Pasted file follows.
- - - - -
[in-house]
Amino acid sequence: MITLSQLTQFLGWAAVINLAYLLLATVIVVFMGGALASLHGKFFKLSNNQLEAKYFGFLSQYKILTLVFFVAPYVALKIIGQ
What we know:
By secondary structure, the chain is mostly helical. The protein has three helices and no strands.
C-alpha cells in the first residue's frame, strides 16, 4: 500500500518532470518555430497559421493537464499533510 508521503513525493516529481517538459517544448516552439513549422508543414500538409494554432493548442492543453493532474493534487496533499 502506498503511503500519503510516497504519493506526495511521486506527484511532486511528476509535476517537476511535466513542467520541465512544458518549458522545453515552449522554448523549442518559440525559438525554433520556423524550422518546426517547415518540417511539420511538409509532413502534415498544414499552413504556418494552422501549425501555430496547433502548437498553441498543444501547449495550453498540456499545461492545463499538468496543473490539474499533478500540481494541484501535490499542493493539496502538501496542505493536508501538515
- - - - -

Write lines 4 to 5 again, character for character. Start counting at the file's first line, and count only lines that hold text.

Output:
By secondary structure, the chain is mostly helical. The protein has three helices and no strands.
C-alpha cells in the first residue's frame, strides 16, 4: 500500500518532470518555430497559421493537464499533510 508521503513525493516529481517538459517544448516552439513549422508543414500538409494554432493548442492543453493532474493534487496533499 502506498503511503500519503510516497504519493506526495511521486506527484511532486511528476509535476517537476511535466513542467520541465512544458518549458522545453515552449522554448523549442518559440525559438525554433520556423524550422518546426517547415518540417511539420511538409509532413502534415498544414499552413504556418494552422501549425501555430496547433502548437498553441498543444501547449495550453498540456499545461492545463499538468496543473490539474499533478500540481494541484501535490499542493493539496502538501496542505493536508501538515